How Much Power Does the Average American Home Use?

How Much Power Does the Average American Home Use?

Knowing how much electricity your home consumes can provide you with vital information, ensuring well-founded decisions. You can identify areas where you can cut costs, decide if it’s time to buy a new generator, and overall, ensure your home is equipped to handle your daily energy needs.

How much power is required to run a home?

In 2021, residential owners used 10,632 kWh of electricity each year, according to data from the U.S. Energy Information Administration (EIA). That’s 886 kWh per month or around 29 kWh per day.

In terms of wattage, that daily consumption of 29 kWh translates to around 29,000 watts (29 x 1,000). Then, if you divide that by the number of hours in a day (24), you’d get roughly 1,200 watts per hour. This figure represents the power needed to run the average U.S. home.

What factors affect your home’s power requirements?

It's crucial to underscore that the mentioned average consumption merely serves as a starting point. Your home’s real wattage requirements will largely depend on factors such as:

    The size of your home

    The larger your home, the more rooms that will consistently use electricity. Additionally, your HVAC system will have to cool or warm up a significantly larger space, resulting in higher electricity costs.

    The size of your household

    Having more people in your home means that appliances will be used more often, from your hot water heaters to your TVs.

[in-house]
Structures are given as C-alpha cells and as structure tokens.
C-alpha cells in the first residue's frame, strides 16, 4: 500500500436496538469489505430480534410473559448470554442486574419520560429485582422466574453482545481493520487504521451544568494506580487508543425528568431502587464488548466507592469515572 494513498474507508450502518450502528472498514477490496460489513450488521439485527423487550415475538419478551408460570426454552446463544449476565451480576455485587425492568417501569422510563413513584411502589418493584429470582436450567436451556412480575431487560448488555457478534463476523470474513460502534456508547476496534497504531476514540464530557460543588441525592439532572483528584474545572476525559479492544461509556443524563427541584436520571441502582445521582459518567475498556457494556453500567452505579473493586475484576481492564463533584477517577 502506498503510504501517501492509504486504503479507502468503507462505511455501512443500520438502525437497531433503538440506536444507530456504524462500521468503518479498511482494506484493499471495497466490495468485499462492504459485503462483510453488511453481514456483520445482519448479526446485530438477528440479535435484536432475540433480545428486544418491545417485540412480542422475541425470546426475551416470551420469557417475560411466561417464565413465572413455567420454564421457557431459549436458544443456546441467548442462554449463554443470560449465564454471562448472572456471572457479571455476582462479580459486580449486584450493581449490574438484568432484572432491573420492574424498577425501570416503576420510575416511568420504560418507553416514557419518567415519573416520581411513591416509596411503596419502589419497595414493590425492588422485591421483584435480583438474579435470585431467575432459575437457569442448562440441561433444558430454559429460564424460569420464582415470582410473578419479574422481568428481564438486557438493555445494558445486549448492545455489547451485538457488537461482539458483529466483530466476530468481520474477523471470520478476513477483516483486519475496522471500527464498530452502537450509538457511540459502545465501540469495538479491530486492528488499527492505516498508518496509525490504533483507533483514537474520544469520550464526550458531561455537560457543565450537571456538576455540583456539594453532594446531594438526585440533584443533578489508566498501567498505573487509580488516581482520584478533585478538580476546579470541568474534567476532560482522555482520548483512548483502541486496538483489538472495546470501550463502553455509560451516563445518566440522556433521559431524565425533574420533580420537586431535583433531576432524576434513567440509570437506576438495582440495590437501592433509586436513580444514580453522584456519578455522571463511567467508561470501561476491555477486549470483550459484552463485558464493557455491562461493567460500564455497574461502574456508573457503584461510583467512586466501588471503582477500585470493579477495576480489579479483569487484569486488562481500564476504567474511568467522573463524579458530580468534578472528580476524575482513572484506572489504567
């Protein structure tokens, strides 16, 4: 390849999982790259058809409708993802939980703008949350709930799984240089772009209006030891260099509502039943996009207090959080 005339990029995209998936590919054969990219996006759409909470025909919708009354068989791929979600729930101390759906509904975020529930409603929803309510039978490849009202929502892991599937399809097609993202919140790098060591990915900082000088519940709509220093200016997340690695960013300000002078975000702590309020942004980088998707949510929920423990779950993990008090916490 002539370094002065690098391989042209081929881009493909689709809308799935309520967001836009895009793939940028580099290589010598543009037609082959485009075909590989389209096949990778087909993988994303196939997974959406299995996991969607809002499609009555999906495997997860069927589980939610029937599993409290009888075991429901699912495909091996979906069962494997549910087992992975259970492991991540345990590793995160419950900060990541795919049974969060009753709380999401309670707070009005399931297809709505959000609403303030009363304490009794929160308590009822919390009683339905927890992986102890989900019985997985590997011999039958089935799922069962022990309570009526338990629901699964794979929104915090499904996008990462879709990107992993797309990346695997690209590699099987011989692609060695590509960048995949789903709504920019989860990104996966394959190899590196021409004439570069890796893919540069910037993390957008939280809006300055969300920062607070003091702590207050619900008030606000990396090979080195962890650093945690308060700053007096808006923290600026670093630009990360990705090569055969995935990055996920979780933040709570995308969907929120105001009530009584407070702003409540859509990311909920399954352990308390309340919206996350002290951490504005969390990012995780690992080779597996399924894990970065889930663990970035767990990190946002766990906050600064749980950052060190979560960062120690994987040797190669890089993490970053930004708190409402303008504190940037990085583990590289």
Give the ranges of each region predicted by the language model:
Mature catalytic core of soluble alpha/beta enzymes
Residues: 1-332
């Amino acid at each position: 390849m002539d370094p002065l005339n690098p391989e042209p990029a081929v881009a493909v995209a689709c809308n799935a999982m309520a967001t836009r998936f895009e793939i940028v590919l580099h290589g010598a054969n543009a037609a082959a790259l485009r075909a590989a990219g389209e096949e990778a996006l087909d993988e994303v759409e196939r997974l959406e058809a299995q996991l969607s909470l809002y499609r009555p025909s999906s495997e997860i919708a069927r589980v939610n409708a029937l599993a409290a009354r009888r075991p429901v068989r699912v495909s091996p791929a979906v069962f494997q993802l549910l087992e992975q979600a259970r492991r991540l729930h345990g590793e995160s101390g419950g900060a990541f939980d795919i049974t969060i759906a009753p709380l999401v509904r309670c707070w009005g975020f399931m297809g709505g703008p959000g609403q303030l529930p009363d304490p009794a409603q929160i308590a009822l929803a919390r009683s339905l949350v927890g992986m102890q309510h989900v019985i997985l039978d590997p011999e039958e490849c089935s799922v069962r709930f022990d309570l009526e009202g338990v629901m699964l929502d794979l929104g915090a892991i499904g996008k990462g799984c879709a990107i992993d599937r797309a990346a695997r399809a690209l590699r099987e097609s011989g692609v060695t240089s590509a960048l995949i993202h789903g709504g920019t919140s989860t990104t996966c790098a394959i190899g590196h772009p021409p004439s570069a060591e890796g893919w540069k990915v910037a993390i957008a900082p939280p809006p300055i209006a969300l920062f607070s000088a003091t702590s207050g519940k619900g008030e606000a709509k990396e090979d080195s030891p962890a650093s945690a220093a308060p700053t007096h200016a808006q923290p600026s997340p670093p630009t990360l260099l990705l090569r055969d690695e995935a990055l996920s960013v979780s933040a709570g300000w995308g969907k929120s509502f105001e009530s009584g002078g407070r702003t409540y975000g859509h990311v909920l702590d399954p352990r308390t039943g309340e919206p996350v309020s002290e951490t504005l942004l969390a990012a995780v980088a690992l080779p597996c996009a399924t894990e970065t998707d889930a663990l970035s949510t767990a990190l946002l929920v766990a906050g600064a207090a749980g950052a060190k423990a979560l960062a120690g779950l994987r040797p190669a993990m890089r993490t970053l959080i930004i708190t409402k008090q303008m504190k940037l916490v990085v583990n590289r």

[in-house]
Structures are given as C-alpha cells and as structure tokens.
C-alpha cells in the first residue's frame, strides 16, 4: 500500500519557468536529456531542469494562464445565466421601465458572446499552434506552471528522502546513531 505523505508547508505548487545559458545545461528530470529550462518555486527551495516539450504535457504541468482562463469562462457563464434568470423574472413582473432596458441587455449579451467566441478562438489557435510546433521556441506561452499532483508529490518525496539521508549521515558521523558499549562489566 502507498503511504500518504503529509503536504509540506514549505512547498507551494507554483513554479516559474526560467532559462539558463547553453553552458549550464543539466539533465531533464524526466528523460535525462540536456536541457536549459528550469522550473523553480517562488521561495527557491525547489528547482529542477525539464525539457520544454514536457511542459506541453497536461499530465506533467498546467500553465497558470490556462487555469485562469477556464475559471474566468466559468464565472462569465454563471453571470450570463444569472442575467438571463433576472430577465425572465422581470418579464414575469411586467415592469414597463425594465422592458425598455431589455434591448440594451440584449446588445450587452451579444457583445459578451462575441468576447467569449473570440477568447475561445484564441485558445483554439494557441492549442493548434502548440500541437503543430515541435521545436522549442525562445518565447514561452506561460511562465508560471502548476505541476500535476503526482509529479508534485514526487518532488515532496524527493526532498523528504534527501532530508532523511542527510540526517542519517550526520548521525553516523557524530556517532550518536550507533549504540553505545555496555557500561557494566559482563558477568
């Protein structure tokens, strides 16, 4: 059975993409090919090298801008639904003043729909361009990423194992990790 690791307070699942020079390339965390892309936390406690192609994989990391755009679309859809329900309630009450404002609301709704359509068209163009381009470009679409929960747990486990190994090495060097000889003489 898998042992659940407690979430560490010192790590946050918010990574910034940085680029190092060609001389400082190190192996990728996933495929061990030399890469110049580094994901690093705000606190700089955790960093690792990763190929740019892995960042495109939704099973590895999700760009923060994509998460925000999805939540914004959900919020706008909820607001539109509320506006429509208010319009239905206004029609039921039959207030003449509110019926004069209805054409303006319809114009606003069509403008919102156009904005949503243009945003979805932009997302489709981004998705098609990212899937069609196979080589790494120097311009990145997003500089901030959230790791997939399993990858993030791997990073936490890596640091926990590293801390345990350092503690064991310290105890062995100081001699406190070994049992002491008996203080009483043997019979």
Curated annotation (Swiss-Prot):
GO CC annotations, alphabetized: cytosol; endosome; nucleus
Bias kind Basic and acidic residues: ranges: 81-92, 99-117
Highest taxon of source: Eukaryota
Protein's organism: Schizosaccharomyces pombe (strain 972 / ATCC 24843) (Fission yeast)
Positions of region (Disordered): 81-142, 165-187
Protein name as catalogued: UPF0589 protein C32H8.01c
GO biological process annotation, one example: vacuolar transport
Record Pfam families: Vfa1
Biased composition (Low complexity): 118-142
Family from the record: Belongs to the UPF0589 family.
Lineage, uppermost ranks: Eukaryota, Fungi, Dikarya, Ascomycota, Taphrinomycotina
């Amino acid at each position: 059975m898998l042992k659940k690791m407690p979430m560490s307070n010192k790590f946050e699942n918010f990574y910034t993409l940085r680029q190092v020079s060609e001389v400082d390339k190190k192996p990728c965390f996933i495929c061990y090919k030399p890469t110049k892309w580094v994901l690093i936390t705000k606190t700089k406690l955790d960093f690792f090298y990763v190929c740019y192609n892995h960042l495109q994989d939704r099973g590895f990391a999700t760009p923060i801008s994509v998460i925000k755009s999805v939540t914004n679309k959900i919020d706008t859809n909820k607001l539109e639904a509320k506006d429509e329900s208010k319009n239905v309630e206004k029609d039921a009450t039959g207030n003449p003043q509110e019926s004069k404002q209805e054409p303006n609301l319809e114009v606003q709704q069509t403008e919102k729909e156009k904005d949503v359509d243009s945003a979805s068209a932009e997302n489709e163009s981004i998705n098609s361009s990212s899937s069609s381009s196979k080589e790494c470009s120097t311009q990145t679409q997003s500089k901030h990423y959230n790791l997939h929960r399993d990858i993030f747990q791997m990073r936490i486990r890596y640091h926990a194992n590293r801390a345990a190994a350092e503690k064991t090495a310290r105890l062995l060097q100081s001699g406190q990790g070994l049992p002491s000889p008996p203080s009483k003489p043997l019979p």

The number of devices you use

    This is obvious, but the number of appliances directly influences your home's overall wattage—especially if energy-intensive items, such as refrigerators, are used at the same time. Moreover, how energy efficient your items are will also alter your overall wattage. Generally, items with a high Energy Star rating will consume fewer watts compared to their counterparts.

    The climate

    Your HVAC accounts for more than 40% of your home’s electricity consumption. A warm climate will require you to constantly run your AC, while wintry weather means you’ll have to run your heater more frequently. Running your HVAC for prolonged periods can greatly contribute to higher electricity bills.

How to calculate your home’s electricity needs

For a more accurate calculation of your property’s ideal wattage, covering all of your appliances—such as your HVAC unit, television, tea kettle, and the like—you will need to determine two things:

  • The starting wattage of each appliance.
  • The running wattage of each appliance.

List all of the electrical devices that you own with each of their wattages, creating a table that looks like this:


Starting Watts

Running Watts

Air conditioner






Washing machine



Once that’s done, add all of the running watts. In this example, that would be a total of 3600 (1100+1300+1200). Then, select the highest starting watt and add that to your total running watts. In this case, that would be 2300 + 3600 = 5900. That means you’ll need a generator with starting watts of 5900 and running watts of 3600 at the minimum.

Contact a local electrician to understand your home’s electricity needs

Determining the energy needs of your home can be a complex task, particularly if you aren’t sure about each appliance’s specifications. At Beeson Mechanical Service, we provide comprehensive services to homeowners in Whiteland, Indiana to cater to all of your electrical needs. Our skilled team can assist you in accurately calculating your home's electricity requirements, making sure you install a generator of the right capacity.

To schedule a consultation, call (317) 535-9338 today.